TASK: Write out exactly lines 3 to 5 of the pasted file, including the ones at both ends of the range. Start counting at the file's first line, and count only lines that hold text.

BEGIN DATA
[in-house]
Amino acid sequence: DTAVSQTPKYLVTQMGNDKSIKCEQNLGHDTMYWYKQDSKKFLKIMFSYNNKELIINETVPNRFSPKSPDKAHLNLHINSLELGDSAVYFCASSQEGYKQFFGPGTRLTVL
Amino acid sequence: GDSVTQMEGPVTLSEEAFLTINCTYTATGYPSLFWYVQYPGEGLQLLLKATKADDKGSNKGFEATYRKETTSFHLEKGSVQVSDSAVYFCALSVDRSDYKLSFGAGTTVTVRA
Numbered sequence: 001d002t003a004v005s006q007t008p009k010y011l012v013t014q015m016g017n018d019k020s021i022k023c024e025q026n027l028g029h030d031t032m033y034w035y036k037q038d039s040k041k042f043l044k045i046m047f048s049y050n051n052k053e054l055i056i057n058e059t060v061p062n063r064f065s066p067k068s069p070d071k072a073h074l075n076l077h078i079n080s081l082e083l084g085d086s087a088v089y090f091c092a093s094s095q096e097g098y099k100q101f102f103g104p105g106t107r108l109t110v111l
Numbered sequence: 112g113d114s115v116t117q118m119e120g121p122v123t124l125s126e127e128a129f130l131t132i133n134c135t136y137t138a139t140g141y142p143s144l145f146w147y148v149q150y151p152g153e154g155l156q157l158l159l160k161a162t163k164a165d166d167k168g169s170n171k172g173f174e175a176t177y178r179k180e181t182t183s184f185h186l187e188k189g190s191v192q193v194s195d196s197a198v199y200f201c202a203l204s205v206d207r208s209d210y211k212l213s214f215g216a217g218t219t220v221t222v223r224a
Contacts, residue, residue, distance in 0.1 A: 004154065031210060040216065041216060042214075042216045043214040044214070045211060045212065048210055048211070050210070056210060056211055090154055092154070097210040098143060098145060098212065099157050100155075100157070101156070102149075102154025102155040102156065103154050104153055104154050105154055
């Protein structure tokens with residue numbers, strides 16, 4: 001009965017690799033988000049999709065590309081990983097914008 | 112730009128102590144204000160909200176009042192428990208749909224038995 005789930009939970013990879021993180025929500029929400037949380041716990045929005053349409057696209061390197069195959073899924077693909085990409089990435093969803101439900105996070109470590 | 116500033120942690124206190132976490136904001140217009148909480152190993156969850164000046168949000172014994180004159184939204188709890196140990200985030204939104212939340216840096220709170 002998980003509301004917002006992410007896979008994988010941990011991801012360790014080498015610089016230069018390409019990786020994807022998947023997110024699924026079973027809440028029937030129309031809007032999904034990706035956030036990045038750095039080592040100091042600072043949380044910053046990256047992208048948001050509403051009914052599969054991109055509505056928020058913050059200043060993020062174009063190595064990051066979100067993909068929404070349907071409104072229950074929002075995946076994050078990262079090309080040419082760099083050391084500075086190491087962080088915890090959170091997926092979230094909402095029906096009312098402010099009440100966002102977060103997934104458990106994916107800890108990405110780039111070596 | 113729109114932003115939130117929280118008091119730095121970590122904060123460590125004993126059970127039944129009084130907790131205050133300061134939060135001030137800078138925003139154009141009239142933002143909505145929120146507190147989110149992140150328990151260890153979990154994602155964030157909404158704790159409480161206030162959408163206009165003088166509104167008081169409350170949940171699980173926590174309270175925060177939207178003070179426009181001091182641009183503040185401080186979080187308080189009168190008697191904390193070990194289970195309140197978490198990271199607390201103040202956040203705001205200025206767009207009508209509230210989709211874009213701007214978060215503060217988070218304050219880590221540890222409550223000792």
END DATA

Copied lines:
Amino acid sequence: GDSVTQMEGPVTLSEEAFLTINCTYTATGYPSLFWYVQYPGEGLQLLLKATKADDKGSNKGFEATYRKETTSFHLEKGSVQVSDSAVYFCALSVDRSDYKLSFGAGTTVTVRA
Numbered sequence: 001d002t003a004v005s006q007t008p009k010y011l012v013t014q015m016g017n018d019k020s021i022k023c024e025q026n027l028g029h030d031t032m033y034w035y036k037q038d039s040k041k042f043l044k045i046m047f048s049y050n051n052k053e054l055i056i057n058e059t060v061p062n063r064f065s066p067k068s069p070d071k072a073h074l075n076l077h078i079n080s081l082e083l084g085d086s087a088v089y090f091c092a093s094s095q096e097g098y099k100q101f102f103g104p105g106t107r108l109t110v111l
Numbered sequence: 112g113d114s115v116t117q118m119e120g121p122v123t124l125s126e127e128a129f130l131t132i133n134c135t136y137t138a139t140g141y142p143s144l145f146w147y148v149q150y151p152g153e154g155l156q157l158l159l160k161a162t163k164a165d166d167k168g169s170n171k172g173f174e175a176t177y178r179k180e181t182t183s184f185h186l187e188k189g190s191v192q193v194s195d196s197a198v199y200f201c202a203l204s205v206d207r208s209d210y211k212l213s214f215g216a217g218t219t220v221t222v223r224a